Economics and Artificial Intelligence
Friday, Jan. 6, 2017 10:15 AM – 12:15 PM
Hyatt Regency Chicago, Grand Ballroom CD North
- Chair: Avi Goldfarb, University of Toronto
Exploring the Impact of Artificial Intelligence: Prediction versus Judgment
AbstractBased on recent developments in the field of artificial intelligence (AI), we examine what type of human labour will be a substitute versus a complement to emerging technologies. We argue that these recent developments reduce the costs of providing a particular set of tasks – prediction tasks. Prediction about uncertain states of the world is an input into decision-making. We show that prediction allows riskier decisions to be taken and this is its impact on observed productivity although it could also increase the variance of outcomes as well. We consider the role of human judgment in decision-making as prediction technology improves. Judgment is exercised when the objective function for a particular set of decisions cannot be described (i.e., coded). However, we demonstrate that better prediction impacts the returns to different types of judgment in opposite ways. Hence, not all human judgment will be a complement to AI. Finally, we explore what will happen when AI prediction learns to predict the judgment of humans.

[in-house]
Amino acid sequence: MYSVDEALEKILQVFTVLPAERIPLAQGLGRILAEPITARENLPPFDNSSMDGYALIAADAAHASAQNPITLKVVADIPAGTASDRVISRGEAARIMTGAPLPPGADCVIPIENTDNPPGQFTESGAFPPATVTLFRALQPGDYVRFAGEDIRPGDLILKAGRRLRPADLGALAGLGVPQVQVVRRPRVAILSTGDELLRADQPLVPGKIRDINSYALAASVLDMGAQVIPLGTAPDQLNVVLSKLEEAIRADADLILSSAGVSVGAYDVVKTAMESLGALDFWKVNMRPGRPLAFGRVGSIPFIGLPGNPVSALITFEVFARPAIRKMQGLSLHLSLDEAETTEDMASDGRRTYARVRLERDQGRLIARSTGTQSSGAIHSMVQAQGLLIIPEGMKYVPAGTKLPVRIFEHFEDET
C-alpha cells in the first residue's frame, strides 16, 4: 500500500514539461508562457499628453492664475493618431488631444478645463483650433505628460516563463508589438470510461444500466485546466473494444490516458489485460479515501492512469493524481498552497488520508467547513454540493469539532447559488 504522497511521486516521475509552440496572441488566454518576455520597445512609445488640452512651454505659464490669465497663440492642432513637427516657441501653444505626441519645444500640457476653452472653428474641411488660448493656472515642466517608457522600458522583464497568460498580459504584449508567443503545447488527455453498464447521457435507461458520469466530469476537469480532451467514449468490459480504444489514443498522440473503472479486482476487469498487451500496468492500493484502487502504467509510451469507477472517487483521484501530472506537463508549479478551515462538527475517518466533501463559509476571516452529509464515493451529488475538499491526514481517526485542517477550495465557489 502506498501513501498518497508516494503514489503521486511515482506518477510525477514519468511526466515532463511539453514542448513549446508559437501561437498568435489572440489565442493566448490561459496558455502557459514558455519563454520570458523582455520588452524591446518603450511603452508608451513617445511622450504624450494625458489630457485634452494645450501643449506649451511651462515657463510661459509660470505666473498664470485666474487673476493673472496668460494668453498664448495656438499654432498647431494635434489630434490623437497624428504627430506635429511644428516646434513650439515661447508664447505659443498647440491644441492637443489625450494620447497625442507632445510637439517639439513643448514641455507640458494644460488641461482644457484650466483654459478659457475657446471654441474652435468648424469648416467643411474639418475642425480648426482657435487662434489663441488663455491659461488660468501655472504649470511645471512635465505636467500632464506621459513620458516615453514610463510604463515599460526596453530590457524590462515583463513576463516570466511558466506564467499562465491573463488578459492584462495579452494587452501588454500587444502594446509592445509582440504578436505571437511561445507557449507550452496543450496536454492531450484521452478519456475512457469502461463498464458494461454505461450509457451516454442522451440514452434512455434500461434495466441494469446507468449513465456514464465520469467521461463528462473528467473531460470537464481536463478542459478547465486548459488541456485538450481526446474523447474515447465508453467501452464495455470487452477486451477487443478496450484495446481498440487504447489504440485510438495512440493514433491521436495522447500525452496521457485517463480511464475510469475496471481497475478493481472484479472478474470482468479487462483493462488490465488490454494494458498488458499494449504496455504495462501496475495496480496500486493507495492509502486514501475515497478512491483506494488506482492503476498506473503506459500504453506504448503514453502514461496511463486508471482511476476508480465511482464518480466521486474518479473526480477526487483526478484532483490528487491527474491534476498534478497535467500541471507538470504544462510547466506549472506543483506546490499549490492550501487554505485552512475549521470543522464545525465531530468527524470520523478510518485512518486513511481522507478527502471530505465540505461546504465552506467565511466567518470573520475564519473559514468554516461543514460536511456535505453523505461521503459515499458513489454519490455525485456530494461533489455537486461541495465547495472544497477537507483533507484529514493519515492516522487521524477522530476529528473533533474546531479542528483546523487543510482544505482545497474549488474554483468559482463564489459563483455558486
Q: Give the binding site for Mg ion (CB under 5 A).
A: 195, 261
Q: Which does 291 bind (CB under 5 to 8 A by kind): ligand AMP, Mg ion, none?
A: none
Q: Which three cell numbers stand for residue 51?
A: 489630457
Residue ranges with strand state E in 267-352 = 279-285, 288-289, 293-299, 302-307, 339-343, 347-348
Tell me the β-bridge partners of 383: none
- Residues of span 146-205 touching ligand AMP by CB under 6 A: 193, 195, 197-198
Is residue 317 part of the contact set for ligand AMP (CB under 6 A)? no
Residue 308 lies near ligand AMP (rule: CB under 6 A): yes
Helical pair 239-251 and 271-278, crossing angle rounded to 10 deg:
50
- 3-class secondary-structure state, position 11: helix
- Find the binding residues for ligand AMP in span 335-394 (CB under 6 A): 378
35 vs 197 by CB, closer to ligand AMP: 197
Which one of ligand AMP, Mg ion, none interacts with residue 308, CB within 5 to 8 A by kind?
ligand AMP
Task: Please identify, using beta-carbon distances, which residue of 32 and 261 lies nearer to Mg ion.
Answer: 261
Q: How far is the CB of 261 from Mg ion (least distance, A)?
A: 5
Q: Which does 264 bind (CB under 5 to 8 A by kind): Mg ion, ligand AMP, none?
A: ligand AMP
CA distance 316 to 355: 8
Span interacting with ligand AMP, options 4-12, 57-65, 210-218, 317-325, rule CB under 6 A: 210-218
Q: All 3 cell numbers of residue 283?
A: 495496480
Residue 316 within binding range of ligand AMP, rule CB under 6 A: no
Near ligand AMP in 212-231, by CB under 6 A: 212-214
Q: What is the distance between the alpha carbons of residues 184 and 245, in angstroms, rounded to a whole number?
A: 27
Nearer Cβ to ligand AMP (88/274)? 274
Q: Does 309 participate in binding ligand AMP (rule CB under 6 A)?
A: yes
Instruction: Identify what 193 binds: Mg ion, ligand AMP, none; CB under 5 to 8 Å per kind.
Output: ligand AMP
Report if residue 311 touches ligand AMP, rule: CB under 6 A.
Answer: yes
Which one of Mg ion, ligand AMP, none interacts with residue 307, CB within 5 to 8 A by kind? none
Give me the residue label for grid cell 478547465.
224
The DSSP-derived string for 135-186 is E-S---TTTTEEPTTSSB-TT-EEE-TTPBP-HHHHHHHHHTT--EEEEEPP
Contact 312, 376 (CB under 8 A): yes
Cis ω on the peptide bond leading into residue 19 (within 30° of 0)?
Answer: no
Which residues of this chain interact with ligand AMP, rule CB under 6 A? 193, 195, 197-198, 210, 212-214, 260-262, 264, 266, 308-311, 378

The Race Between Machine and Man: Implications of Technology for Growth, Factor Shares and Employment
AbstractThe advent of automation and the simultaneous decline in the labor share and employment among advanced economies raises concerns that labor will be marginalized and made redundant by new technologies. This paper examines this proposition in a task-based framework wherein not only are tasks previously performed by labor automated, but also more complex versions of existing tasks, in which labor has a comparative advantage, can be created. We fully characterize the structure of equilibrium in this model, establishing how the allocation of factors to tasks and factor prices are determined by the available technology and the endogenous choices of firms between capital and labor. We then demonstrate that although automation tends to reduce employment and the share of labor in national income, the creation of more complex tasks has the opposite effect. Our full model endogenizes the direction of research and development towards automation and the creation of new complex tasks. We show that, under reasonable conditions, there exists a stable balanced growth path in which the two types of innovations go hand-in-hand. Consequently, an increase in automation reduces the wage to rental rate ratio, and thus discourages further automation, encourages greater creation of more labor-intensive tasks, and restores the share of labor in national income and the employment to population ratio back towards their initial values. Though the economy is self-correcting, the equilibrium allocation of research effort is not optimal: to the extent that wages reflect quasi-rents for workers, firms will engage in too much automation. Finally, we extend the model to include workers of different skills. We find that inequality increases during transitions, but the self-correcting forces also serve to limit the increase in inequality over longer periods.
Benjamin F. Jones,
Massachusetts Institute of Technology
- O3 - Innovation; Research and Development; Technological Change; Intellectual Property Rights
- O4 - Economic Growth and Aggregate Productivity